TROUBLESOME CREEK: A MIDWESTERN (1996)
This is a film that comes from the heart, so it is fitting that it has been picked up by that always heartfelt PBS series, "The American Experience." The title was almost inevitable. It refers to a twisty, unpredictable creek on the Iowa farm of Russ and ex-schoolteacher Mary Jane Jordan, but also to what banks call the "Troubled Accounts List" of loans.
The farm is in rural Iowa, near the town of Rolfe. It has been in the Jordan family since 1867, when a former Union soldier moved to Iowa. The current owners have been capable and have done well for the last forty years. From the 1950s to the 1970s there was steady progress, which also means expansion, and more equipment -- and more loans from willing banks. Then troubled times came in. Farmers, who in Abraham Lincoln's day were the overwhelming majority of Americans, had dwindled down to six million by 1960. By 1990-91, when "Troublesome Creek" was filmed, they were fewer than two million.
Bank loans can be a way of life for farmers, and were for the Jordans too. Loans and payments were renewed yearly, but then came an impasse: a debt of $200.000 to the new, impersonal, banking consortium that had taken over the old, friendly local bank.
When the filmmaking married couple of Jeanne Jordan and Steven Ascher in the East, heard that foreclosure was menacing Jeanne's parents, they went to Iowa with the double purpose of lending moral support and documenting the farmers' struggles on film. The main subjects were the older Jordans plus one son who worked with them and another who farmed separately but (see the film) could not make a go of it through no fault of his own. On the periphery --but a significant one-- is much of the Jordan and in-laws tribe.
With Jeanne narrating and commenting, the filmmakers do a splendid job of unobtrusive cinematography. The fact that Jeanne is a Jordan adds immeasurably to the film in the way of reminiscences, changing times, family history, characterizations of parents, siblings and outsiders. All of this comes from the point of view of someone who is loving, deeply involved yet unusually objective too. It's quite a balancing act, yet it comes through naturally and convincingly.
The text and images are sharp, both warm and noting of cold facts, yet never rhetorical or posturing. The Jordans are documented and so is the way of life of farmers, with its special world, values and family tightness. When Jeanne reminisces about her old high school, now closed for lack of students, she tells us of a Date-Your-Dad event when, as she was driven to it by Russ, she worried about what the two would talk about, adding (I am paraphrasing): "With so many children and work, I really never had a one-on-one conversatiom with my father." It's a striking revelation.
The sympathy for the Jordans is made with naturalness and ease also because Jeanne has the luck to have a likable family of articulate, generally well-educated persons, with pleasant voices accents --and photogenic to boot. Nature has done a good job of casting.
Life also added one of those unplanned incidents that filmmakers prize. At the start of the young couple's visit to the farm, a kitten is meowing pathetically from the top of a high barn. There's no way to rescue it, but then, uncharacteristically for baby cats, the small creature makes an enormous jump and lands unscathed into the arms of Jeanne's brother. (We later see it as a grown cat). It is a minor miracle that makes the viewer hope to see repeated as the rescue of the farm. But in real life there is no Deus ex Machina, no sudden inheritance or discovery or oil that will solve all problems at the eleventh hour.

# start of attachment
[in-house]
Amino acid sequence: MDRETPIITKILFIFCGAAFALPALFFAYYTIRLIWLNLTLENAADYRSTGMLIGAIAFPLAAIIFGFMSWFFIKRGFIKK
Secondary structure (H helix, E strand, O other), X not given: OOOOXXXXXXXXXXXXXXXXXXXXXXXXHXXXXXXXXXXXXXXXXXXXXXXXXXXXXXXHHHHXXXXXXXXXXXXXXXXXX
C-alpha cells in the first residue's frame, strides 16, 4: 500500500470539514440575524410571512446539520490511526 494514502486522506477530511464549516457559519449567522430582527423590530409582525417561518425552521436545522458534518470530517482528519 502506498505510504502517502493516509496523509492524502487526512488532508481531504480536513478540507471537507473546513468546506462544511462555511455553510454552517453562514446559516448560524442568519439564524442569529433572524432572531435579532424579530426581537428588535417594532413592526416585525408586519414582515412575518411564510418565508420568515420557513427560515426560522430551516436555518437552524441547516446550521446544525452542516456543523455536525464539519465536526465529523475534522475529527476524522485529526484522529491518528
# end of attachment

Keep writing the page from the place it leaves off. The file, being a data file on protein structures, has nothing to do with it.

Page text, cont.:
The senior Jordans must come to the difficult, pragmatic decision to hold auctions for their cattle, for their machinery and their private possessions. If this works out, the land and the house can be saved, their son Jim can run it with his own machinery, father and mother can semi-retire in town but with Russ still active as advisor on the farm.
There is steady, genuine suspense before and during those auctions. I will only reveal that the outcome is positive, though the ultimate fate of the farm under Jim remains a question mark.
The film is subtitled "A Midwestern" with the sense of quiet humor that characterizes it. Russ and Mary Jane are avid fans of Hollywood Westerns. They watch them on their television set, and we see a number of scenes, cannily chosen by the filmmakers to illustrate the formula as given by Russ: "Good Guys, Bad Guys, Fights," which of course parallels the Jordans' own situation .
Other humorous touches are many, combined with warm ones, like Mary Jane always finding an excuse for not putting up for auction some of her doodads, or friends driving 120 miles in heavy snow to lend moral support at the auction, or strangers with bad auction etiquette. Then, at the Thanksigiving reunion there's the confusion caused by every member of the large family having a name starting with J.
We have not had any Save the Farm Hollywood movies after the spate of them in the 80s. Most of them were good as they went counter to the romanticizing of farm life in fact and in older idyllic films, but none was as genuine as the insider's job of "Troublesome Creek."